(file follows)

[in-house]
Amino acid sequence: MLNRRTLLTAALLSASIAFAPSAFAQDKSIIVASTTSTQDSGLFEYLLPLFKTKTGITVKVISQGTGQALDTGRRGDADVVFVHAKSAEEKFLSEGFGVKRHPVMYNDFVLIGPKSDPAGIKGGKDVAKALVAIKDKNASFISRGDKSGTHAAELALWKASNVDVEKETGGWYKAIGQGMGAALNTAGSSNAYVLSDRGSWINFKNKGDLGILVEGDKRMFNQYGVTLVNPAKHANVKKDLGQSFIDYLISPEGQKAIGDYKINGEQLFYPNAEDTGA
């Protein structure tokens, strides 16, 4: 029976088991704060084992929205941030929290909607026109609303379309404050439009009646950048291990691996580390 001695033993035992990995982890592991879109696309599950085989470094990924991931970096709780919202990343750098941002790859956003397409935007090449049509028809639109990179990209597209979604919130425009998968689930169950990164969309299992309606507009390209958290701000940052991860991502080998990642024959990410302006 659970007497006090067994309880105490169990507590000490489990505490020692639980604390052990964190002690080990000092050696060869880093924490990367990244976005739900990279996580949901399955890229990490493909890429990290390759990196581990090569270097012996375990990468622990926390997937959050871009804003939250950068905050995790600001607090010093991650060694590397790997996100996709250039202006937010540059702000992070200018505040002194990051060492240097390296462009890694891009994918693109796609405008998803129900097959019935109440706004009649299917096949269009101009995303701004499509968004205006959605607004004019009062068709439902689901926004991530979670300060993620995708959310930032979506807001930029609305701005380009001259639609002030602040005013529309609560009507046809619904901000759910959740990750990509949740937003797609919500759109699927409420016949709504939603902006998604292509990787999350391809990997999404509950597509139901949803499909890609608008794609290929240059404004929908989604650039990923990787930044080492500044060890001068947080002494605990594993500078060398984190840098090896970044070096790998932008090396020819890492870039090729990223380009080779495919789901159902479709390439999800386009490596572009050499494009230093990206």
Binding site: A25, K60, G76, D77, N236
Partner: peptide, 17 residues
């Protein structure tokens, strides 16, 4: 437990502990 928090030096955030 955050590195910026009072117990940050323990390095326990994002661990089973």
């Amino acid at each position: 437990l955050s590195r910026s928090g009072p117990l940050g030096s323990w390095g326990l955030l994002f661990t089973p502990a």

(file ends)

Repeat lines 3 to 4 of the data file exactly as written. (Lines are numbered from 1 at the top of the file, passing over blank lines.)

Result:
């Protein structure tokens, strides 16, 4: 029976088991704060084992929205941030929290909607026109609303379309404050439009009646950048291990691996580390 001695033993035992990995982890592991879109696309599950085989470094990924991931970096709780919202990343750098941002790859956003397409935007090449049509028809639109990179990209597209979604919130425009998968689930169950990164969309299992309606507009390209958290701000940052991860991502080998990642024959990410302006 659970007497006090067994309880105490169990507590000490489990505490020692639980604390052990964190002690080990000092050696060869880093924490990367990244976005739900990279996580949901399955890229990490493909890429990290390759990196581990090569270097012996375990990468622990926390997937959050871009804003939250950068905050995790600001607090010093991650060694590397790997996100996709250039202006937010540059702000992070200018505040002194990051060492240097390296462009890694891009994918693109796609405008998803129900097959019935109440706004009649299917096949269009101009995303701004499509968004205006959605607004004019009062068709439902689901926004991530979670300060993620995708959310930032979506807001930029609305701005380009001259639609002030602040005013529309609560009507046809619904901000759910959740990750990509949740937003797609919500759109699927409420016949709504939603902006998604292509990787999350391809990997999404509950597509139901949803499909890609608008794609290929240059404004929908989604650039990923990787930044080492500044060890001068947080002494605990594993500078060398984190840098090896970044070096790998932008090396020819890492870039090729990223380009080779495919789901159902479709390439999800386009490596572009050499494009230093990206």
Binding site: A25, K60, G76, D77, N236